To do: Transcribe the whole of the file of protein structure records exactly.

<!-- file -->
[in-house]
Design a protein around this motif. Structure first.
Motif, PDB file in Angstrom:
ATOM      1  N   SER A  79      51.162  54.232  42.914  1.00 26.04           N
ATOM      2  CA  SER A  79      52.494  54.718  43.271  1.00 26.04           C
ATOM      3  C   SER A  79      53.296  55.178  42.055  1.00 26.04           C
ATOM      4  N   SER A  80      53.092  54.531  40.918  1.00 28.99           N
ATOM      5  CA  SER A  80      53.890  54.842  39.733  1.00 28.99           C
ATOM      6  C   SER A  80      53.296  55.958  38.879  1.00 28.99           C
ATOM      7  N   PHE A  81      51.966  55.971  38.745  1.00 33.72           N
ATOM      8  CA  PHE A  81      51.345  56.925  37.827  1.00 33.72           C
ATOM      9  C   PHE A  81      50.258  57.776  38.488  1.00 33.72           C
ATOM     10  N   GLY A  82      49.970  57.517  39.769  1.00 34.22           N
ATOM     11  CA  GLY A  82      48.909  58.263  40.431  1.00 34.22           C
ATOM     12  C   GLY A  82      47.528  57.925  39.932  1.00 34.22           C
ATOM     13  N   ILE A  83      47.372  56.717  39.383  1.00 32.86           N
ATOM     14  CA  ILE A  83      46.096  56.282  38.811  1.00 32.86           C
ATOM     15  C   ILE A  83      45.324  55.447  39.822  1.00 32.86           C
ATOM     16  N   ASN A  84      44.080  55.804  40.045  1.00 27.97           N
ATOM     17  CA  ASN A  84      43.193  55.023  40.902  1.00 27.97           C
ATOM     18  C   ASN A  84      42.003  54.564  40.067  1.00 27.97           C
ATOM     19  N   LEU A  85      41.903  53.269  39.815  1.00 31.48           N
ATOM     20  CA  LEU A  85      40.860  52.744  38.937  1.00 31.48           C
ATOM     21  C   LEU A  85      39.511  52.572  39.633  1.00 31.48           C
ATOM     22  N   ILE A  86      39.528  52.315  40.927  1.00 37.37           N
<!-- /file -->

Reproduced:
[in-house]
Design a protein around this motif. Structure first.
Motif, PDB file in Angstrom:
ATOM      1  N   SER A  79      51.162  54.232  42.914  1.00 26.04           N
ATOM      2  CA  SER A  79      52.494  54.718  43.271  1.00 26.04           C
ATOM      3  C   SER A  79      53.296  55.178  42.055  1.00 26.04           C
ATOM      4  N   SER A  80      53.092  54.531  40.918  1.00 28.99           N
ATOM      5  CA  SER A  80      53.890  54.842  39.733  1.00 28.99           C
ATOM      6  C   SER A  80      53.296  55.958  38.879  1.00 28.99           C
ATOM      7  N   PHE A  81      51.966  55.971  38.745  1.00 33.72           N
ATOM      8  CA  PHE A  81      51.345  56.925  37.827  1.00 33.72           C
ATOM      9  C   PHE A  81      50.258  57.776  38.488  1.00 33.72           C
ATOM     10  N   GLY A  82      49.970  57.517  39.769  1.00 34.22           N
ATOM     11  CA  GLY A  82      48.909  58.263  40.431  1.00 34.22           C
ATOM     12  C   GLY A  82      47.528  57.925  39.932  1.00 34.22           C
ATOM     13  N   ILE A  83      47.372  56.717  39.383  1.00 32.86           N
ATOM     14  CA  ILE A  83      46.096  56.282  38.811  1.00 32.86           C
ATOM     15  C   ILE A  83      45.324  55.447  39.822  1.00 32.86           C
ATOM     16  N   ASN A  84      44.080  55.804  40.045  1.00 27.97           N
ATOM     17  CA  ASN A  84      43.193  55.023  40.902  1.00 27.97           C
ATOM     18  C   ASN A  84      42.003  54.564  40.067  1.00 27.97           C
ATOM     19  N   LEU A  85      41.903  53.269  39.815  1.00 31.48           N
ATOM     20  CA  LEU A  85      40.860  52.744  38.937  1.00 31.48           C
ATOM     21  C   LEU A  85      39.511  52.572  39.633  1.00 31.48           C
ATOM     22  N   ILE A  86      39.528  52.315  40.927  1.00 37.37           N